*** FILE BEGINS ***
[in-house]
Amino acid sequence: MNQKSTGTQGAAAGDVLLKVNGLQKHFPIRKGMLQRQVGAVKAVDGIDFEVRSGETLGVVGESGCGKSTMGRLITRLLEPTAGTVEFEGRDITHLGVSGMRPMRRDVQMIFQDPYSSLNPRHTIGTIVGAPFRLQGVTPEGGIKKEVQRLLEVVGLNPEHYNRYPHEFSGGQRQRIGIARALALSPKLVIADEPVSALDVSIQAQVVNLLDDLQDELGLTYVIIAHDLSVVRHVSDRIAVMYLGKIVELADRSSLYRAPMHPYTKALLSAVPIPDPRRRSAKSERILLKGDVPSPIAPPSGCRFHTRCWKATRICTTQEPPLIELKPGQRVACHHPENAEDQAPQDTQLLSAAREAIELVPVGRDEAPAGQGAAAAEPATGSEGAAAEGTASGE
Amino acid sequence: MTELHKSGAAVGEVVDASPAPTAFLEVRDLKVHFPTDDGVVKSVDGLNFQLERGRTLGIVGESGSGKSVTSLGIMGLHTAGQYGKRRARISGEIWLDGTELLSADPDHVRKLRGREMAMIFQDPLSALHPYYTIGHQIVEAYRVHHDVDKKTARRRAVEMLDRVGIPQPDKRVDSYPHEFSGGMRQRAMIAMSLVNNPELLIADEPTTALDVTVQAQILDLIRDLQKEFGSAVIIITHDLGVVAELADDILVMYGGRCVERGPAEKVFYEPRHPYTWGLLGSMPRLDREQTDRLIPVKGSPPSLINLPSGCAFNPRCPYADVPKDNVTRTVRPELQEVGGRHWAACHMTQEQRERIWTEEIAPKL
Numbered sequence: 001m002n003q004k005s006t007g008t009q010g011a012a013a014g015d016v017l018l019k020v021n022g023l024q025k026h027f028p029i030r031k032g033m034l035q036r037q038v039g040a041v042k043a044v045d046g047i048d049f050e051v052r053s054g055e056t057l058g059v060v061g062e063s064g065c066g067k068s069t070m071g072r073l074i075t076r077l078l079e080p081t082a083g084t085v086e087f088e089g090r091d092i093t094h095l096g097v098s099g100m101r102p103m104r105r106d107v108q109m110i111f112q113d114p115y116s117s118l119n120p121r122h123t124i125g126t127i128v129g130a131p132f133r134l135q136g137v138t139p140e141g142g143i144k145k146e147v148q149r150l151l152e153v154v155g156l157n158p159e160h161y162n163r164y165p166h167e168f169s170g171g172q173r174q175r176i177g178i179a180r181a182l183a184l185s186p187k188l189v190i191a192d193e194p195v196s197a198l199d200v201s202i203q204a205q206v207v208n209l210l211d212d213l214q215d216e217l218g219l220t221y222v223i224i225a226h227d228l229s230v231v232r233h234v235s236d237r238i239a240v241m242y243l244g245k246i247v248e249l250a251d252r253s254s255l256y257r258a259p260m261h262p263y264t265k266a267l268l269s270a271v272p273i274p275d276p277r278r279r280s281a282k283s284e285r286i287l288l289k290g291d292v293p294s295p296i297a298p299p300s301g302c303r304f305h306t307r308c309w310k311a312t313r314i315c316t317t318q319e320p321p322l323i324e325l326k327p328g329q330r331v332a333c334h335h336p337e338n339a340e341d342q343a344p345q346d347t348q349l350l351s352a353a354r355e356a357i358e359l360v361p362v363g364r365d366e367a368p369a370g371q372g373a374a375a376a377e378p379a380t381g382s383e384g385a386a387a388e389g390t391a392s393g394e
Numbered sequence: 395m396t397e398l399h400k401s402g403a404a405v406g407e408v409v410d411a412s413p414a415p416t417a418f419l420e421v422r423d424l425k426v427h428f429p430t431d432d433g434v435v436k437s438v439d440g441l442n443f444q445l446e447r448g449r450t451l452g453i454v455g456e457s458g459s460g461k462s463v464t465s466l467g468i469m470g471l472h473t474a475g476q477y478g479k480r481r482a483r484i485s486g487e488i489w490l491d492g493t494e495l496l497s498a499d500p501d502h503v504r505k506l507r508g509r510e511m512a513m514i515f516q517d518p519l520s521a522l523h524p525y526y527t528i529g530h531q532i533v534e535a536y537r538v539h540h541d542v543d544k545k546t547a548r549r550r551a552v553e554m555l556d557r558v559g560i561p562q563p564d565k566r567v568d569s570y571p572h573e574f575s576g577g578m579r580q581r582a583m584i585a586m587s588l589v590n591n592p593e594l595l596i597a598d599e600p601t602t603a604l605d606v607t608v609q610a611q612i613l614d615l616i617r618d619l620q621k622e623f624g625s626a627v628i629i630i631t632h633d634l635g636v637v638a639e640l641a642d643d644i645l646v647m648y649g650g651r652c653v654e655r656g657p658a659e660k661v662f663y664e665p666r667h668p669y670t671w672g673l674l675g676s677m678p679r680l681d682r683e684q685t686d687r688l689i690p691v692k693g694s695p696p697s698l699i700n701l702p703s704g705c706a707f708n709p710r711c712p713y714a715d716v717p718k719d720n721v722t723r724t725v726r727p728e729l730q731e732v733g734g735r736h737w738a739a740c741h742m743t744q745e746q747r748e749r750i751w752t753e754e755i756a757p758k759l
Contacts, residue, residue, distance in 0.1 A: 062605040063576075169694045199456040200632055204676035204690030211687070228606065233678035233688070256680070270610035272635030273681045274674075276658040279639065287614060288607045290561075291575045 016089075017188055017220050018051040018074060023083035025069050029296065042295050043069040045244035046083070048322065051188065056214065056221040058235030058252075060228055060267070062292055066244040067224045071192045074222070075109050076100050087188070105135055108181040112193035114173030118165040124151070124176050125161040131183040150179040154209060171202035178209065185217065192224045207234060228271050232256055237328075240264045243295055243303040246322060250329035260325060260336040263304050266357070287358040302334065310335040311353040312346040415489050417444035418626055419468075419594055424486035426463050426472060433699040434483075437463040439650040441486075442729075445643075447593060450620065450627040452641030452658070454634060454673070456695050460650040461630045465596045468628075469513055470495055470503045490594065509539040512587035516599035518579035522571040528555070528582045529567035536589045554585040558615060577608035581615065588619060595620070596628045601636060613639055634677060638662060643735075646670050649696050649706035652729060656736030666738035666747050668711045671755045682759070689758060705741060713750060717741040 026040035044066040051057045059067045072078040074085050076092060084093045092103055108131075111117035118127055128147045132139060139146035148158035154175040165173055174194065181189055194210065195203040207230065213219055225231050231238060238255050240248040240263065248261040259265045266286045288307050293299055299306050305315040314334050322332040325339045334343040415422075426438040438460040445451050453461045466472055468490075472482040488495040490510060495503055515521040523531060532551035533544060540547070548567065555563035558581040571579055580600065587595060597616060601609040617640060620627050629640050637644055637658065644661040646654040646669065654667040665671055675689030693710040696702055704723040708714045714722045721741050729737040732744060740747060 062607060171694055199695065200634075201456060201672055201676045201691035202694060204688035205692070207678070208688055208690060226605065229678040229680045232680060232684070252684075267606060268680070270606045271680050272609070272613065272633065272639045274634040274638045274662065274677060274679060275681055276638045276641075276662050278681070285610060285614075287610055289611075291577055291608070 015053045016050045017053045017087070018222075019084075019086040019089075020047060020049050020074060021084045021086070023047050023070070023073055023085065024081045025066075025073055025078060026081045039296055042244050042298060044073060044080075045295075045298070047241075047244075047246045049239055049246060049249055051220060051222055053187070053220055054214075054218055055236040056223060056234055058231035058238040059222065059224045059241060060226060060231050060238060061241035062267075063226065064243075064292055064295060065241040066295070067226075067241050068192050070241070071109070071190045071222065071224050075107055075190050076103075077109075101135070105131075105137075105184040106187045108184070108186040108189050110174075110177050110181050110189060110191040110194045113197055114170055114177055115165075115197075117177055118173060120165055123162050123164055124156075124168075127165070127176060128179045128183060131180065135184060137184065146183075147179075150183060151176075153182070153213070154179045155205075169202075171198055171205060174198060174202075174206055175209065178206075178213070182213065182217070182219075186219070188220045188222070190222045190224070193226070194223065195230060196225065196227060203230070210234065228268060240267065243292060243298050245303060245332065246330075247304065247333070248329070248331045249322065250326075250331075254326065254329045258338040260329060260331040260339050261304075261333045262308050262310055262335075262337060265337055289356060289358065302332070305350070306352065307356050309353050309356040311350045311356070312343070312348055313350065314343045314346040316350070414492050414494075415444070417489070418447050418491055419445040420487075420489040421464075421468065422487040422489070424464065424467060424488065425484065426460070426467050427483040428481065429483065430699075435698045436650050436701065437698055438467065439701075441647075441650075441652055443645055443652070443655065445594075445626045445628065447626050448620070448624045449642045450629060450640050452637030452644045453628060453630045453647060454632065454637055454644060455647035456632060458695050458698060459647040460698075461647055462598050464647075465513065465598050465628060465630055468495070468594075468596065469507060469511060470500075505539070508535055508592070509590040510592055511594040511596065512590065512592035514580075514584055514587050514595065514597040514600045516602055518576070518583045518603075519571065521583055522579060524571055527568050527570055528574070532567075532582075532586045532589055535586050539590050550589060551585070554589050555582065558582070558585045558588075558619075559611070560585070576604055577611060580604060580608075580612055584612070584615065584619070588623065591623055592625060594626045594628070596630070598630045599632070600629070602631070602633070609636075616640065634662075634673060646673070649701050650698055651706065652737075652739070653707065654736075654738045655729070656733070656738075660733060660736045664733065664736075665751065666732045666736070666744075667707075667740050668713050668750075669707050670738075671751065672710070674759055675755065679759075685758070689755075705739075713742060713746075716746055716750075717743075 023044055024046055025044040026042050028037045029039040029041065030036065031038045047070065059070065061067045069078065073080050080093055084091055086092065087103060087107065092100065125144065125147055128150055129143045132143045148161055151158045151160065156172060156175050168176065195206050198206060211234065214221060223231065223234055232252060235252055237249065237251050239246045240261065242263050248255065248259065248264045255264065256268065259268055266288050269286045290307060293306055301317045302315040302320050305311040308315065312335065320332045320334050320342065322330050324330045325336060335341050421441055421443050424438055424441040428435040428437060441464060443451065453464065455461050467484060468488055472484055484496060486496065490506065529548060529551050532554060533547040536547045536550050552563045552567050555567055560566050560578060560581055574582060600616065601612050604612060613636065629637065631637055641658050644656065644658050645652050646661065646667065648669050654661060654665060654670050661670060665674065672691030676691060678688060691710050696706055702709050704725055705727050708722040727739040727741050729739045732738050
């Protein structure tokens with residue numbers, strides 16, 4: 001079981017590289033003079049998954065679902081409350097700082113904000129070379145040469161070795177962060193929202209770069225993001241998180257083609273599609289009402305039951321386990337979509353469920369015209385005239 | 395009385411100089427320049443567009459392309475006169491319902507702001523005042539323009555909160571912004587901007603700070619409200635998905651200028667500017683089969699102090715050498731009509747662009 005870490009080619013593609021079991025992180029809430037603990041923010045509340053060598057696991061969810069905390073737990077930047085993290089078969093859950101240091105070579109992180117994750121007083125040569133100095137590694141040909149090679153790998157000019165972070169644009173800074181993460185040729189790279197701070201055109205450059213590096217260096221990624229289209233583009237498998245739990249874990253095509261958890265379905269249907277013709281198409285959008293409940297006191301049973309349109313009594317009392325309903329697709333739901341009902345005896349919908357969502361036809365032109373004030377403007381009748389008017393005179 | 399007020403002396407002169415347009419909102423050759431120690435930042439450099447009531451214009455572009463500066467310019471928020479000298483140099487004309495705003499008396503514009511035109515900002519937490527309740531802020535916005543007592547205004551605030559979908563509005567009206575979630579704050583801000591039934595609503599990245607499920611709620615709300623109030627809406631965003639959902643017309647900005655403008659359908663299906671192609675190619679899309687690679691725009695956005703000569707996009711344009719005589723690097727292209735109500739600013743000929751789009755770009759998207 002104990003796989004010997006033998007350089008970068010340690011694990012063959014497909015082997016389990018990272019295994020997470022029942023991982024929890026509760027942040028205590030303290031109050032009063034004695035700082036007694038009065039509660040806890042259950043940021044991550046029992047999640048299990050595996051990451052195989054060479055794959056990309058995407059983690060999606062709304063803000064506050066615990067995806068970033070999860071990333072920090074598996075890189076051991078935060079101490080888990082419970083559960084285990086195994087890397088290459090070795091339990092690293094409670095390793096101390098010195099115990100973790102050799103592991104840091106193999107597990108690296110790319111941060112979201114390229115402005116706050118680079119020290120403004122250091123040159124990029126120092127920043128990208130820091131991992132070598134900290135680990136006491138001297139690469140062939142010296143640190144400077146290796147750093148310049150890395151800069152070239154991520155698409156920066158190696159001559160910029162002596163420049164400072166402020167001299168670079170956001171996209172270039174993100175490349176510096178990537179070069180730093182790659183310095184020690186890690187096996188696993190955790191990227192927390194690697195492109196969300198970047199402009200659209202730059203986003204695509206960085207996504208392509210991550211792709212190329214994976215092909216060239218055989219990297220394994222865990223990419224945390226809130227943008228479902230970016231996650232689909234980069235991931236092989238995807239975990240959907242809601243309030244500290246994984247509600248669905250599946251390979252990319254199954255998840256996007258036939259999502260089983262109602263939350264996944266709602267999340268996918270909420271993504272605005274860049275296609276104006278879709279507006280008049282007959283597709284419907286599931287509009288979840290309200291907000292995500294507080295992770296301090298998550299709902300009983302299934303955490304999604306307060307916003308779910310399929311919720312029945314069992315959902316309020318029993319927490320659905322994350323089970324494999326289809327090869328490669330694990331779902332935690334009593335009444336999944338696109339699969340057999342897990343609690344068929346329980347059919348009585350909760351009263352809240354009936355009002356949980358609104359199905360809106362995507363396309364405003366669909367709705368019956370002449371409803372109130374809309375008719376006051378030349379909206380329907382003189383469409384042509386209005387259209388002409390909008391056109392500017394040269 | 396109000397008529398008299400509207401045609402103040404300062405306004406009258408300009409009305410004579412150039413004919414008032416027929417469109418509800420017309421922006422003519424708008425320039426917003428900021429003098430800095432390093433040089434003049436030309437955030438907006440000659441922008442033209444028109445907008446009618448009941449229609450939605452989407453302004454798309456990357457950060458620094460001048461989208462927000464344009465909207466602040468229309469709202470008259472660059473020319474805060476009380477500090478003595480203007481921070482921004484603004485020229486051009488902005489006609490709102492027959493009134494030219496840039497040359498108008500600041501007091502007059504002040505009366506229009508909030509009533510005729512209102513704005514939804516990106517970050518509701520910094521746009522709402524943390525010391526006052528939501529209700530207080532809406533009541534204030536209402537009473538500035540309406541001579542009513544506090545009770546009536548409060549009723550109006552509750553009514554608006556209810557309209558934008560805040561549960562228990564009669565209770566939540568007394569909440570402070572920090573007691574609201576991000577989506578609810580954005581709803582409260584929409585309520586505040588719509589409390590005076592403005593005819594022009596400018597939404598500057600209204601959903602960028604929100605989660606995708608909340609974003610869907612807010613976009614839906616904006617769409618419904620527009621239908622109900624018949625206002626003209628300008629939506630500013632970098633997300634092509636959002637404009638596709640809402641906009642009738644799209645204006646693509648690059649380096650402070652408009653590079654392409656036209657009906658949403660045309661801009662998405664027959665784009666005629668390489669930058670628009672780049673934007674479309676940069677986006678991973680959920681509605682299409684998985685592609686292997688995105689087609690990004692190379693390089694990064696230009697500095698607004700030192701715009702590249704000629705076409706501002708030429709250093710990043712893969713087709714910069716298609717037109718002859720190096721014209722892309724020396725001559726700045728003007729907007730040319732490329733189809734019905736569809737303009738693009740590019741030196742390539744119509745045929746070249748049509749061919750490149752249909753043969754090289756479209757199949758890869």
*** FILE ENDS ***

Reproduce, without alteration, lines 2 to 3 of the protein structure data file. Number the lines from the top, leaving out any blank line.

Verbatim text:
Amino acid sequence: MNQKSTGTQGAAAGDVLLKVNGLQKHFPIRKGMLQRQVGAVKAVDGIDFEVRSGETLGVVGESGCGKSTMGRLITRLLEPTAGTVEFEGRDITHLGVSGMRPMRRDVQMIFQDPYSSLNPRHTIGTIVGAPFRLQGVTPEGGIKKEVQRLLEVVGLNPEHYNRYPHEFSGGQRQRIGIARALALSPKLVIADEPVSALDVSIQAQVVNLLDDLQDELGLTYVIIAHDLSVVRHVSDRIAVMYLGKIVELADRSSLYRAPMHPYTKALLSAVPIPDPRRRSAKSERILLKGDVPSPIAPPSGCRFHTRCWKATRICTTQEPPLIELKPGQRVACHHPENAEDQAPQDTQLLSAAREAIELVPVGRDEAPAGQGAAAAEPATGSEGAAAEGTASGE
Amino acid sequence: MTELHKSGAAVGEVVDASPAPTAFLEVRDLKVHFPTDDGVVKSVDGLNFQLERGRTLGIVGESGSGKSVTSLGIMGLHTAGQYGKRRARISGEIWLDGTELLSADPDHVRKLRGREMAMIFQDPLSALHPYYTIGHQIVEAYRVHHDVDKKTARRRAVEMLDRVGIPQPDKRVDSYPHEFSGGMRQRAMIAMSLVNNPELLIADEPTTALDVTVQAQILDLIRDLQKEFGSAVIIITHDLGVVAELADDILVMYGGRCVERGPAEKVFYEPRHPYTWGLLGSMPRLDREQTDRLIPVKGSPPSLINLPSGCAFNPRCPYADVPKDNVTRTVRPELQEVGGRHWAACHMTQEQRERIWTEEIAPKL